Poker in the Media

For several decades, Las Vegas was the major location for legal poker games in casinos. This began to change in 1970 when the World Series of Poker was introduced.

Confined at first to Las Vegas, the WSOP expanded as Atlantic City legalized gambling in the 1990s. Then Native American tribal groups throughout the country began to develop their own casinos to bring income to people living on reservations.

Three poker games have dominated legal poker at U.S. casinos: five-card draw, seven-card stud and Texas Hold ‘Em. Five-card draw rose up during the Civil War and remained the most popular poker game for the next 80 or so years.

Shortly before World War II began in 1939, casinos re-introduced the game of seven-card stud, which had been banned as a game of authentic chance, whereas five-card draw was deemed a game of skill.

Stud poker games took over and held the gaming throne until the 1970s, when Texas Hold ‘Em took over in popularity, thanks to the WSOP.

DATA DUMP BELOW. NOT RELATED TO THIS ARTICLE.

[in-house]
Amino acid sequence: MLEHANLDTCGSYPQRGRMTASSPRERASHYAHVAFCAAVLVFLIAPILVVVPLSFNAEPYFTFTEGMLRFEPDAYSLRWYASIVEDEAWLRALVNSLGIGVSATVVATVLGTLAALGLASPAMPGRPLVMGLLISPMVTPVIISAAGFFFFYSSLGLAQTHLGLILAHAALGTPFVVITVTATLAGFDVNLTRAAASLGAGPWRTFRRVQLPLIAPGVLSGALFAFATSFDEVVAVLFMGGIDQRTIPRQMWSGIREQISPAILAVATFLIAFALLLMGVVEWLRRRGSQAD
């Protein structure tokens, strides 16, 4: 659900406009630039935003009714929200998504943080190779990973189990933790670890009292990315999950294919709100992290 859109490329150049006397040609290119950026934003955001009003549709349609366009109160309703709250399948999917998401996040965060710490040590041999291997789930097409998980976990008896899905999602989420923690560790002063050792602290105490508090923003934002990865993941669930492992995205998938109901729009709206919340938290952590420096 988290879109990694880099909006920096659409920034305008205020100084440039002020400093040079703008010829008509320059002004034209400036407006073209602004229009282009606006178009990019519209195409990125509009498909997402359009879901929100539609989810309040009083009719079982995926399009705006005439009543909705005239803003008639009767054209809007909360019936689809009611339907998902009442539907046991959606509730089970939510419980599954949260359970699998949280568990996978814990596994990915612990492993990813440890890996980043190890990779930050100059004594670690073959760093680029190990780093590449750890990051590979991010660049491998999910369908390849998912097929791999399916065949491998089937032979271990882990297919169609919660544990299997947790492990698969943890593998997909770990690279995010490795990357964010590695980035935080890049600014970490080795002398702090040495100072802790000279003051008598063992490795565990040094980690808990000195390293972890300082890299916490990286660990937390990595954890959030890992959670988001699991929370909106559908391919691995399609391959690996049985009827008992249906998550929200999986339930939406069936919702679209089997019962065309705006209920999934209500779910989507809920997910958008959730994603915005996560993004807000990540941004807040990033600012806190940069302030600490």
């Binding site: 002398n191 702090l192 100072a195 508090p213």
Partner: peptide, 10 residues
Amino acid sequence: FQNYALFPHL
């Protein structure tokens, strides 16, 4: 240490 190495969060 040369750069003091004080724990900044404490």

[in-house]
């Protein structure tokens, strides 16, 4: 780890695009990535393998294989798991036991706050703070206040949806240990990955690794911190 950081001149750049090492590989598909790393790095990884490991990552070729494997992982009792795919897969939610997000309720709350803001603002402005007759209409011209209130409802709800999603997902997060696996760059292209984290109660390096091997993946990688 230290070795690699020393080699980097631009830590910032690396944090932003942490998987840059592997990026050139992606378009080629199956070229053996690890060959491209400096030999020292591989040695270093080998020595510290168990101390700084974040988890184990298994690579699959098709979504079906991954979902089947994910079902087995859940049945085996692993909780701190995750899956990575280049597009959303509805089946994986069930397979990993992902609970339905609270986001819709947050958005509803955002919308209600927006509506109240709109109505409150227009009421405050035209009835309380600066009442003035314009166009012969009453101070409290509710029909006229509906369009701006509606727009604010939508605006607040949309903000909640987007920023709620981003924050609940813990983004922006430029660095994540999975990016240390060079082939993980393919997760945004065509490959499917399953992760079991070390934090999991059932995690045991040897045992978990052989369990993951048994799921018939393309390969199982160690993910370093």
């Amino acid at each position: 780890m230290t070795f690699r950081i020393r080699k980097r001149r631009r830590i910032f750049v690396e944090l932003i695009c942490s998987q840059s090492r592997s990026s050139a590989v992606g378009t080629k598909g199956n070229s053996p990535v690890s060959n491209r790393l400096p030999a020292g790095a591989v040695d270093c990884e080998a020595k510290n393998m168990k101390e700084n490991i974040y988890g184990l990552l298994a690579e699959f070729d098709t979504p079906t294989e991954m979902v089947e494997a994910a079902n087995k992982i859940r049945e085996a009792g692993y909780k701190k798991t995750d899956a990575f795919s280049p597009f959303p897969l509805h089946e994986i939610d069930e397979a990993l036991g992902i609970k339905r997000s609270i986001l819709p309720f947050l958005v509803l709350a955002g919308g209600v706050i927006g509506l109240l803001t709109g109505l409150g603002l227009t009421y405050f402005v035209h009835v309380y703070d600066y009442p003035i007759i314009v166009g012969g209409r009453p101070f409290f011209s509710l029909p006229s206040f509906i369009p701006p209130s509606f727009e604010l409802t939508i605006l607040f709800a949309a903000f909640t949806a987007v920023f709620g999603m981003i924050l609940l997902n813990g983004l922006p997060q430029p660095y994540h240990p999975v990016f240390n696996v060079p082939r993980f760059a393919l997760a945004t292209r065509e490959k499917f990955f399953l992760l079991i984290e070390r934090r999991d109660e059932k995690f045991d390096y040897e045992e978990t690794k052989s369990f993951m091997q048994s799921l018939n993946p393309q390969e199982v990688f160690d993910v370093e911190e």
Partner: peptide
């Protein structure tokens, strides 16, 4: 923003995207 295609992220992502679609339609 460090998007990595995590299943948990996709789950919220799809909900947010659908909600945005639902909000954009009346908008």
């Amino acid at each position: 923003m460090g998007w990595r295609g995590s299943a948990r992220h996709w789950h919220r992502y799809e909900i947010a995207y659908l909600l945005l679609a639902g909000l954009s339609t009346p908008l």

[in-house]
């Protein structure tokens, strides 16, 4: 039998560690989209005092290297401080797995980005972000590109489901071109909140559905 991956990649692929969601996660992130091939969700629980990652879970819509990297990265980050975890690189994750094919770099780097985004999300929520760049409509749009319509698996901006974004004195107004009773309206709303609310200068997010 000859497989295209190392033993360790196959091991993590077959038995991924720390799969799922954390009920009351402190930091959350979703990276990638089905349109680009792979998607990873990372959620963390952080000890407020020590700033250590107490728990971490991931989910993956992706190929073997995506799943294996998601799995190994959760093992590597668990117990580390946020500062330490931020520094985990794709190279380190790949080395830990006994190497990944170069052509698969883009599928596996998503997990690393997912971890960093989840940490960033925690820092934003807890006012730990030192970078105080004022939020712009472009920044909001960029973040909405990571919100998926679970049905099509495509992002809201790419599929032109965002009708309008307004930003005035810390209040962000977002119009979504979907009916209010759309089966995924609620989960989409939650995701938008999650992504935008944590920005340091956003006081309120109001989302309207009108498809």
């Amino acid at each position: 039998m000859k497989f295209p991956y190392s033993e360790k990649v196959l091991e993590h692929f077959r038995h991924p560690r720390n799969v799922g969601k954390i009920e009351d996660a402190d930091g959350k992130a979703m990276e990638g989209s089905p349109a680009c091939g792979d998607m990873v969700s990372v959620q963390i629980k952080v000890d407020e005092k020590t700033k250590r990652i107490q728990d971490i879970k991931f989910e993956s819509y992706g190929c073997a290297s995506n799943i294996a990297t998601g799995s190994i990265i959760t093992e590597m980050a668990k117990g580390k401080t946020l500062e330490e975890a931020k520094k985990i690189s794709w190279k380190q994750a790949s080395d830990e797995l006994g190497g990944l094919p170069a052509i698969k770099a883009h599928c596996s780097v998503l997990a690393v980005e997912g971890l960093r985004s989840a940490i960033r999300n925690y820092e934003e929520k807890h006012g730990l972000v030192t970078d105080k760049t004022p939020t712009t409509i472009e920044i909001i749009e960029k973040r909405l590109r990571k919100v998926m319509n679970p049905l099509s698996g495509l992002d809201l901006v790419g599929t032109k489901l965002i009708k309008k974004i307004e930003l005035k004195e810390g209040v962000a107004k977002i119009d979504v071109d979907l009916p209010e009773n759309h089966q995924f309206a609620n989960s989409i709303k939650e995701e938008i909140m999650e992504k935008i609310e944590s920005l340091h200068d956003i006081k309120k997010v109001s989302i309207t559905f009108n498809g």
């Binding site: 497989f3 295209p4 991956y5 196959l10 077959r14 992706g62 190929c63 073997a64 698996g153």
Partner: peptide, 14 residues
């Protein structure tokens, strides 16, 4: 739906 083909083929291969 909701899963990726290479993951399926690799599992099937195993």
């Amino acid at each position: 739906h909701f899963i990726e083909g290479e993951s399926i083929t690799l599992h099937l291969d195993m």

Along with the WSOP, serious books on poker strategy began to appear in the late 1970s. The most notable book was Super/System by poker great Doyle Brunson, followed by Caro’s Book of Poker Tells by Mike Caro and The Theory of Poker by David Sklansky.

The invention of the World Wide Web, an easily accessible portal to the Internet, allowed the game of poker to move into online gaming. Planet Poker held the first “real money” online poker game in 1998, and within five years poker tournaments had become major events on satellite and cable television.

Viewers could follow the action as poker pros and big-name celebrities played in the World Poker Tour and the WSOP. Poker pros joined the ranks of celebrities, inspiring fans worldwide to enter pricey tournaments in hopes of winning a chance to compete against their new idols.